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Message from the Dean

Dean of the Faculty of Economics Shinsuke KANBE
"How do we tackle problems that don't have a right answer?"
What is the biggest difference between a university and a high school education? It's about learning how to tackle problems that don't have right answers. Up to high school, education requires students to efficiently and accurately remember what is written in textbooks, such as historical knowledge and mathematical solutions. Of course, acquiring knowledge is also important in university. However, knowledge alone is not enough to play an active role in society. With today's rapid technological development and globalization, nowadays working people are required to have the ability to respond to changes. University is, so to speak, a training room to prepare for that.
I'm sure it's difficult to suddenly wrap your head around the idea of a problem with no right answer. Let me give you an example. In the latter half of the 20th century, Japan achieved rapid growth and was close to the top of the world economy. However, from the beginning of the 21st century, Japan's labor productivity stopped growing, and its per capita GDP fell considerably below that of other developed countries. In response, various measures have been proposed, such as Abenomics. Unfortunately, even though around 30 years have passed since the slow growth was noticed, there still hasn't been any significant improvement (the lost 30 years).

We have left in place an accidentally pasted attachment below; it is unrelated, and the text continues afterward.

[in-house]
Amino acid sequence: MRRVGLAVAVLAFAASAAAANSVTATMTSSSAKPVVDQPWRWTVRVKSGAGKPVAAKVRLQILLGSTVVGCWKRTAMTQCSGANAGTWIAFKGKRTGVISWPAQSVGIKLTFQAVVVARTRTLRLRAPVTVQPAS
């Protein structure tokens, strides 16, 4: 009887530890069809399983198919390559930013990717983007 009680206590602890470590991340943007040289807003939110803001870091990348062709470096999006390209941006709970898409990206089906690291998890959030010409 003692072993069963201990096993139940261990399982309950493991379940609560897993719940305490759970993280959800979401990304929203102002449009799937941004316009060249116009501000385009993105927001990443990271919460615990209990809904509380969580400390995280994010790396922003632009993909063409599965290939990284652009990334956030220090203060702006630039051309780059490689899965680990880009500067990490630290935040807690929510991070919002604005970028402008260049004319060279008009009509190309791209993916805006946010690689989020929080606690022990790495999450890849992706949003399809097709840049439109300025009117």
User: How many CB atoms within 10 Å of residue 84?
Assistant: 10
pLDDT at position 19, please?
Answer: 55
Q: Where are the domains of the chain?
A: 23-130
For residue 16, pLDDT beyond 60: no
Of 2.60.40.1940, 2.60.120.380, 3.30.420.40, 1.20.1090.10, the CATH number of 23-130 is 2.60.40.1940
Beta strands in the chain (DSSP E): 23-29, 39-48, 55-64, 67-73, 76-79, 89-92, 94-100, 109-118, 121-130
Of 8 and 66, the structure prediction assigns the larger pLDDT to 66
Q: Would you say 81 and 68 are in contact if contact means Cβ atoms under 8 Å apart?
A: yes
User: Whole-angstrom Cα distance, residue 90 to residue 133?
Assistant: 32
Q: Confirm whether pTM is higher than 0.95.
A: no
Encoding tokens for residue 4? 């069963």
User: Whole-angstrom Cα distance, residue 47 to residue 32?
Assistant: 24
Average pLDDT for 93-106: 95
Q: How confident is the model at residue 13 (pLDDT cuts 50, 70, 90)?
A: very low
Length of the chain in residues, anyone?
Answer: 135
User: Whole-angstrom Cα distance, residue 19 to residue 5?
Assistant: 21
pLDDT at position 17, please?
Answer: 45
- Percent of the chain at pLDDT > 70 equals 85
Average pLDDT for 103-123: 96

The reason this happened is because this is a typical "problem with no right answer." One of the characteristics of a problem with no right answer is that you don't even know what the most important issue is in the first place. Is the slow growth caused by deflation? The hollowing out of industry? Work style? It's not clear where we should focus our efforts. The ability to find out "what the most important problem is" at such times can be called the ability to identify issues.
Not only is there no right answer, we don't even know what issues we should be addressing in the first place. This is what's happening in modern society. In a situation like that, if you give up because you don't understand or you don't have the right answer, you won't be able to move forward. The point is to try to find a "better answer."
When you find a problem, you need to think about what we can do to solve it. That is the ability to solve problems. There are no textbooks because abilities to identify and solve issues are required for problems with no right answers. Those are abilities you need to acquire on your own. The accumulation of all the education you've had up to now is extremely useful in accomplishing that. Education was there to sort out the things you don't understand to begin with, and to give an understanding of the mechanisms of nature and society. You can use those techniques to find a starting point for tackling those problems that have no right answer. University is just the place to practice this. Since there are no textbooks, these skills can only be learned through experience. It is my hope that through your studies at university, you will be able to develop these skills even a little and become a useful member of society.

Shinsuke KAMBE
Dean, the Faculty of Economics
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